Transcript for "John Gillespie, reminiscences," 3-4.
In the spring of 1868, I was called by President Young to be Captain of a train of wagons to go back after migrants. About the First of May, I started with one hundred and two wagons, the largest train, I believe, that ever crossed the plains, I called upon Isaac James Caldwell as my assistant, the streams and rivers were very high, when we got to Green River, the river was very high, and there was a high wind blowing. There was three trains there ahead of me, and they had been unable to get any of their cattle or wagons across the river and Captain Seeley's teamsters tried to cross with a ferry-boat without any wagons on it, and the rope broke and it went down the river and upset and drowned seven of his teamsters. I went up the river the next morning about half a mile and found a place where I started my cattle across onto an island about half way across the river, and I picked out a few of my men that were the best swimmers and they swam across the river and reached an island, about half way across they started the cattle across to the east side. My cattle were across the river first. I had over one thousand head of cattle, and the cattle belonging to the other trains went across much easier when they saw my cattle on the other side; the wind calmed down some and we got the ferry-boats and spliced the rope, and commenced crossing our wagons on the boat and in three days I started on my journey east. When we got to the Sweetwater, we killed some fine, fat deer and lived well. I traveled on to Cheyenne where the terminus of the railroad was; there I camped until the emigrants and freight arrived there.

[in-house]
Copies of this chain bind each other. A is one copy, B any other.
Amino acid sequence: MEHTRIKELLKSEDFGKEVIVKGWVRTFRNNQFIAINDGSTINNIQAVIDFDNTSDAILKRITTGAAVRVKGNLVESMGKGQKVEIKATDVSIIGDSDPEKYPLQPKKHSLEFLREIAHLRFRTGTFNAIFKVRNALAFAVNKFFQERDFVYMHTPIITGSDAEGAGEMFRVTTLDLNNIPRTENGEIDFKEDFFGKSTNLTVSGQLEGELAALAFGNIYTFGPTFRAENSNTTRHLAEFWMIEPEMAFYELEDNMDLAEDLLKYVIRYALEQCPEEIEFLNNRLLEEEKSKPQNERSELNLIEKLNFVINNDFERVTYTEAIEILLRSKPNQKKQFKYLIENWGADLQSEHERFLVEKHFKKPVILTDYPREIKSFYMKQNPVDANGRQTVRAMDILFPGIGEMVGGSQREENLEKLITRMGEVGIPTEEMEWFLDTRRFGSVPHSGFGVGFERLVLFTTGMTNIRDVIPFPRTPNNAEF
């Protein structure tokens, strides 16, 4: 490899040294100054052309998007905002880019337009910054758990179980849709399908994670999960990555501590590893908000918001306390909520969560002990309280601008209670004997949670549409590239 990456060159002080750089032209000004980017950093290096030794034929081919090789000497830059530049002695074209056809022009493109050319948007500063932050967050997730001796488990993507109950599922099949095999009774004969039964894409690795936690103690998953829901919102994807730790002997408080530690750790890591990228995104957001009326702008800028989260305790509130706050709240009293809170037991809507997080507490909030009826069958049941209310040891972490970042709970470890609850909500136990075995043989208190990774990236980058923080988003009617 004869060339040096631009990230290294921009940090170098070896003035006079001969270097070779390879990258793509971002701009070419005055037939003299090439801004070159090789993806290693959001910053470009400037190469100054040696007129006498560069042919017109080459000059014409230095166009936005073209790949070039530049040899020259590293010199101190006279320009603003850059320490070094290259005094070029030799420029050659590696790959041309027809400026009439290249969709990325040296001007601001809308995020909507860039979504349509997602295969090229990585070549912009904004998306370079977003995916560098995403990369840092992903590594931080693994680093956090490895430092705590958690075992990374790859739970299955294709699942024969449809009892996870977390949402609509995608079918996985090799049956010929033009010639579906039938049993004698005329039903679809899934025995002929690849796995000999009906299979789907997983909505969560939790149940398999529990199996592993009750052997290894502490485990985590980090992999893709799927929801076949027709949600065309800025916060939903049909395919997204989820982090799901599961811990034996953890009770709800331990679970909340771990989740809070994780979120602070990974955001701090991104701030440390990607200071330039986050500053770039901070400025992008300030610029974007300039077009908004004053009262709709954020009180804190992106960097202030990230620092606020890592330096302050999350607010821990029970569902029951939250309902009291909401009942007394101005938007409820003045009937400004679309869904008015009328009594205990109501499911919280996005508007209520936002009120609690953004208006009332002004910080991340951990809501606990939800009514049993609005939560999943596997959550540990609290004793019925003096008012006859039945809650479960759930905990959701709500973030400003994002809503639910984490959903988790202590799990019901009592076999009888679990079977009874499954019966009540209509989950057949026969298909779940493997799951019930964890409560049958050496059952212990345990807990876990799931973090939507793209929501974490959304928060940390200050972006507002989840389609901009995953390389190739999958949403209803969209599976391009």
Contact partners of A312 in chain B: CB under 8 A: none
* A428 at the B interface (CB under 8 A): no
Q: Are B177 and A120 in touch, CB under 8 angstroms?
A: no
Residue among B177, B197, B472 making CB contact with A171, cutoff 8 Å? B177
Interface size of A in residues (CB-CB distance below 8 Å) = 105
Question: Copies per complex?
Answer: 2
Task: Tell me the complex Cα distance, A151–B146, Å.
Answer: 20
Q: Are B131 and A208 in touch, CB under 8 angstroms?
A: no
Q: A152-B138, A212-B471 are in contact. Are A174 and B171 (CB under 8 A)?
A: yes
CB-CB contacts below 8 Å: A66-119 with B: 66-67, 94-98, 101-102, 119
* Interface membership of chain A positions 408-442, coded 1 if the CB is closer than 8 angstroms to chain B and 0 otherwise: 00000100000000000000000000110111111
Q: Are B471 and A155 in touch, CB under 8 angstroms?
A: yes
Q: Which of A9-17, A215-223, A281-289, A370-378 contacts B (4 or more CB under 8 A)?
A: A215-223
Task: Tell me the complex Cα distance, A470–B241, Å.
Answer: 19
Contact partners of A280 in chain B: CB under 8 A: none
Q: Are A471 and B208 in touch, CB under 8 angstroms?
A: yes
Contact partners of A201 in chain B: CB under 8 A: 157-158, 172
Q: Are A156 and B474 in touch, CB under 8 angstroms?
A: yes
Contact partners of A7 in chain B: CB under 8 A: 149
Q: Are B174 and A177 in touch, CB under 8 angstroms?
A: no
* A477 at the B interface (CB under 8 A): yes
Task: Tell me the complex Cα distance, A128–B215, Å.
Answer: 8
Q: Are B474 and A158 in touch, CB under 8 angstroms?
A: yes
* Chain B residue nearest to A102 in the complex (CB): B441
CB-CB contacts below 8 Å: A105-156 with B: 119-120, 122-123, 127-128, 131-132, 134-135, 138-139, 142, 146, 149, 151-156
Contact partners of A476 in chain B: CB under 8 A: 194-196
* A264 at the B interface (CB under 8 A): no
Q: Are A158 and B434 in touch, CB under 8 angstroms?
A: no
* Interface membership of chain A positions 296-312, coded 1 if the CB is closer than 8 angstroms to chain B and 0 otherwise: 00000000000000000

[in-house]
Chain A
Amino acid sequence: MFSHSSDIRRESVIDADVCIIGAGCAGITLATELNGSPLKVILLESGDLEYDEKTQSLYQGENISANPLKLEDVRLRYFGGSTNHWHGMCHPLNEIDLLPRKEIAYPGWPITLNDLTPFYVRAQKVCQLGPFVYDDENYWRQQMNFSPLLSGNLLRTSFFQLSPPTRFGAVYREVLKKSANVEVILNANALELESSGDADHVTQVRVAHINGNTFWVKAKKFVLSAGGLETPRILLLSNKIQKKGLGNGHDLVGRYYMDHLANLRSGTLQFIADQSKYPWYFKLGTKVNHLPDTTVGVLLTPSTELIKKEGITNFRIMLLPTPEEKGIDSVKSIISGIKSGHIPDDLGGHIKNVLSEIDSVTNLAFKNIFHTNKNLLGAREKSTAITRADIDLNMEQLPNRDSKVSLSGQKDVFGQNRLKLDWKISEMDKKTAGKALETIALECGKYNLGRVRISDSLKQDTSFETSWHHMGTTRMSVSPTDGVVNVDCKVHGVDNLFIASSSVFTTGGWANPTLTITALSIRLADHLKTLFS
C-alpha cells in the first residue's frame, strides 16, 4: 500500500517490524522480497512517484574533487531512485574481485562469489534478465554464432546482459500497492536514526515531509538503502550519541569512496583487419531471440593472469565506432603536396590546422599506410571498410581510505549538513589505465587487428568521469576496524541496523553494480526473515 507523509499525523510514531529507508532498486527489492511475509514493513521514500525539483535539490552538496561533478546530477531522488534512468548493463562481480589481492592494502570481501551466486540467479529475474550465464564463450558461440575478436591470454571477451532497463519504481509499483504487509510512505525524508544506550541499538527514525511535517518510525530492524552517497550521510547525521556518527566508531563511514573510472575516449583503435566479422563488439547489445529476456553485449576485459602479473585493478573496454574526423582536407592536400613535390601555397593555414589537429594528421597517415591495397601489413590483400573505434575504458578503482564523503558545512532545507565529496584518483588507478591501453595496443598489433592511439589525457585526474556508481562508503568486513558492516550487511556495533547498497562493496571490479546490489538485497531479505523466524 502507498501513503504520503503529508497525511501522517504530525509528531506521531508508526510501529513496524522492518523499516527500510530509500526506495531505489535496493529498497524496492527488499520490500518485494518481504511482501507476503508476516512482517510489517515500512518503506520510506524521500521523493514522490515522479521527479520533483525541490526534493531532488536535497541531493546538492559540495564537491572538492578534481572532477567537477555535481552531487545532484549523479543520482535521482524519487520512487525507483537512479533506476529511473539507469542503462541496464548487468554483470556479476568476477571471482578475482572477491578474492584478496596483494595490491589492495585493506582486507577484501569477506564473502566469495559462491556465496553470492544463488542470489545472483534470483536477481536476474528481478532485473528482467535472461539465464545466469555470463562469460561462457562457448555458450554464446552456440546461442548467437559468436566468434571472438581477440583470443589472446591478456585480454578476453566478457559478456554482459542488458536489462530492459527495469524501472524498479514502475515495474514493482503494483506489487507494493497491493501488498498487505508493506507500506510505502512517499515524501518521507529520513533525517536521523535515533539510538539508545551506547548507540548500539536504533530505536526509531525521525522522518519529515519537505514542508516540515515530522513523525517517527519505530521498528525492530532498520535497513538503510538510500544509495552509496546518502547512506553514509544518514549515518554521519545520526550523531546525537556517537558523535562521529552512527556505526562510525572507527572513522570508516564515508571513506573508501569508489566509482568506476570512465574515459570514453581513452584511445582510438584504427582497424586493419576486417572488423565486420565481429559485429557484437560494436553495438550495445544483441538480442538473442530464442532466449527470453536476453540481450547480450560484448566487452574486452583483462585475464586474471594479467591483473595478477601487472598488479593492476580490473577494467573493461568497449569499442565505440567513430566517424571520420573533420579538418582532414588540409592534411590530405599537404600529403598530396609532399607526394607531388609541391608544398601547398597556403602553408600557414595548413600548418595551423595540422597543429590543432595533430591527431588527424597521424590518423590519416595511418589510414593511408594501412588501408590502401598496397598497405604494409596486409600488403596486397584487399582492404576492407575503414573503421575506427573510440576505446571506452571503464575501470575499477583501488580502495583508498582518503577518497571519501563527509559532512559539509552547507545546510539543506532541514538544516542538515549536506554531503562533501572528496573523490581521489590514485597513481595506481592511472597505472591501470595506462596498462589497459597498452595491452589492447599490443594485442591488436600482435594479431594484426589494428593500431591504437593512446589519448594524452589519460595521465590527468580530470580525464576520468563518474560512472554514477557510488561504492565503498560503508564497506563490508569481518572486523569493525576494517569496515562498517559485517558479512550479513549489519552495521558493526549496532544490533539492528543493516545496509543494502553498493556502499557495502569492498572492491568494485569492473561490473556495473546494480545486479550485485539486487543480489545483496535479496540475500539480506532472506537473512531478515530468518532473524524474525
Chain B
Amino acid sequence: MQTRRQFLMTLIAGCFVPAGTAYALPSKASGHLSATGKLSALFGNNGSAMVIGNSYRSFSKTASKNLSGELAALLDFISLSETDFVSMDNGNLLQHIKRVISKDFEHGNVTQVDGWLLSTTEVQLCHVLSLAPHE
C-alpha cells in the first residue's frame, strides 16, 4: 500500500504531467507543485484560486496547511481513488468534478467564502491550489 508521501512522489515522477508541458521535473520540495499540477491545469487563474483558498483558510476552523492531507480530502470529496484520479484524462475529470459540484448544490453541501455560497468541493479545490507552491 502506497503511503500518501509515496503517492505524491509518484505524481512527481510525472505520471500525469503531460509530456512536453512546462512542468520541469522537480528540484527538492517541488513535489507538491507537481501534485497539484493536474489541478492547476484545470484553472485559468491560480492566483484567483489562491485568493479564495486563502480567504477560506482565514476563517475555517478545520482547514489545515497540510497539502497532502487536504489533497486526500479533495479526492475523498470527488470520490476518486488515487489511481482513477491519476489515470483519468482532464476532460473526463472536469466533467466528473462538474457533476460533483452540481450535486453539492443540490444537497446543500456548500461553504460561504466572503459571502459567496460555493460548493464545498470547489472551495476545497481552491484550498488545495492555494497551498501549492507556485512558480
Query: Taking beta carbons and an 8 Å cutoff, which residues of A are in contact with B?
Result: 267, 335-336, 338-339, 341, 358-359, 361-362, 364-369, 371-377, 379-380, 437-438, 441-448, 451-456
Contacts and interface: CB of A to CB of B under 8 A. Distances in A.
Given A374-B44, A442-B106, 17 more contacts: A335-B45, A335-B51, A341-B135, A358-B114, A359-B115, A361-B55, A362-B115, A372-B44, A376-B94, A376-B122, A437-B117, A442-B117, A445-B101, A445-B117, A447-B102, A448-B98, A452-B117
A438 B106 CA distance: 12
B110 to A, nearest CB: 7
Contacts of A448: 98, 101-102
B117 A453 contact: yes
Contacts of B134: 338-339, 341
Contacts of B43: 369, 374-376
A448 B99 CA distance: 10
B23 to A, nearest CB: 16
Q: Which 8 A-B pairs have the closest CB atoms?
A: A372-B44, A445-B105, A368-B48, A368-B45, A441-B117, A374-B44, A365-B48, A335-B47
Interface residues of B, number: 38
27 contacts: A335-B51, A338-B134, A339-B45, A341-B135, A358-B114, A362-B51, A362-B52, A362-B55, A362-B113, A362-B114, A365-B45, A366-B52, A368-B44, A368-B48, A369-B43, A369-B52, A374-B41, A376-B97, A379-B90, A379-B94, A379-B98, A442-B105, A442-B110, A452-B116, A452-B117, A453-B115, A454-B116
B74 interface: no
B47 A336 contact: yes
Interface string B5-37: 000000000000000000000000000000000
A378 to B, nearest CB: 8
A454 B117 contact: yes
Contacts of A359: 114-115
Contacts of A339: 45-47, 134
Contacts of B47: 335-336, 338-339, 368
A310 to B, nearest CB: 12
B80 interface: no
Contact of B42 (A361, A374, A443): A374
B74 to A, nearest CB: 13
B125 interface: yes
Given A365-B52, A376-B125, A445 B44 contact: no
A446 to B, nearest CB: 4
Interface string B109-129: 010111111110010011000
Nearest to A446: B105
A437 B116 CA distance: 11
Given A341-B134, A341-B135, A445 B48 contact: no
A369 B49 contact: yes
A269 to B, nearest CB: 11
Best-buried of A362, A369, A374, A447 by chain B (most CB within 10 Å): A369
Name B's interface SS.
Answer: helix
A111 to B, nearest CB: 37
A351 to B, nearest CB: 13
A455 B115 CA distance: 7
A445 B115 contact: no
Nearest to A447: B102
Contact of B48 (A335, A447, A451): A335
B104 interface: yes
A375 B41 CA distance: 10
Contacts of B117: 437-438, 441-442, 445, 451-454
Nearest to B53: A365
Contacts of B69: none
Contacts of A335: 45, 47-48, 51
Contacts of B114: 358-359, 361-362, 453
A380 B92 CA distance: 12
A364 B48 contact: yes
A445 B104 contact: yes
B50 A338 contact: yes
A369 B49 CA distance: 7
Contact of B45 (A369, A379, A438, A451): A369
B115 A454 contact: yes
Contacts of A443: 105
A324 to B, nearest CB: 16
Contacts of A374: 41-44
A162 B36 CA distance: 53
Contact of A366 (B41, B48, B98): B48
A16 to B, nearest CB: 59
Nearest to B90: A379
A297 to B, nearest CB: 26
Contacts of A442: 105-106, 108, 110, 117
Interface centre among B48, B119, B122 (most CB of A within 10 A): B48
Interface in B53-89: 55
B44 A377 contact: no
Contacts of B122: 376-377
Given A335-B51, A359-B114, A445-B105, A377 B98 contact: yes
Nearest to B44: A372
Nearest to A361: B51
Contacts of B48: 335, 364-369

Herding our cattle in the North Platt[e] all over the country where the best feed was. Horace S[underlin]. Eldridge [Eldredge] was there as agent for the emigration and he was taken very sick and he left Alexander Piper and myself to fit out the emigrants. We fitted them out and started the trains back to Salt Lake and Horace S. Eldridge went home on the stage coach. I stayed on the North Platte about three months. I sent some of my teams to hauling cordwood to the government post at Fort Benton to get clothing and provisions for my men. I loaded up fifty of my men's wagons with freight for Walker Brothers and took an invoice of all the goods I loaded and started them to Salt Lake in charge of my assistant, Isaac James Caldwell, and about the middle of August, I started back with about seven hundred emigrants and loaded up four wagons with Quartz Mill Machinery for the Sweetwater mines; the Indians had attacked them and killed two and wounded two and run off cattle and plundered their wagons and scattered goods all over the ground. The sheriff and the man who owned the goods, with a posse of men came out from the Sweet-water mines and the Indians made an attack and killed the sheriff and wounded the owner of the goods and several others. I gathered up the goods that were left, and loaded them in the wagons and put some of my cattle onto the wagons and hauled them to the Sweetwater mines, and found the man that owned the goods in bed wounded; he was very glad for what I had done. I went to the mill, unloaded my freight, got my pay in gold dust, started back and overtook my train at the Pacific Springs about midnight. We continued our journey to Salt Lake and reached there about the 21st of September with my cattle in good condition, and did not loose any.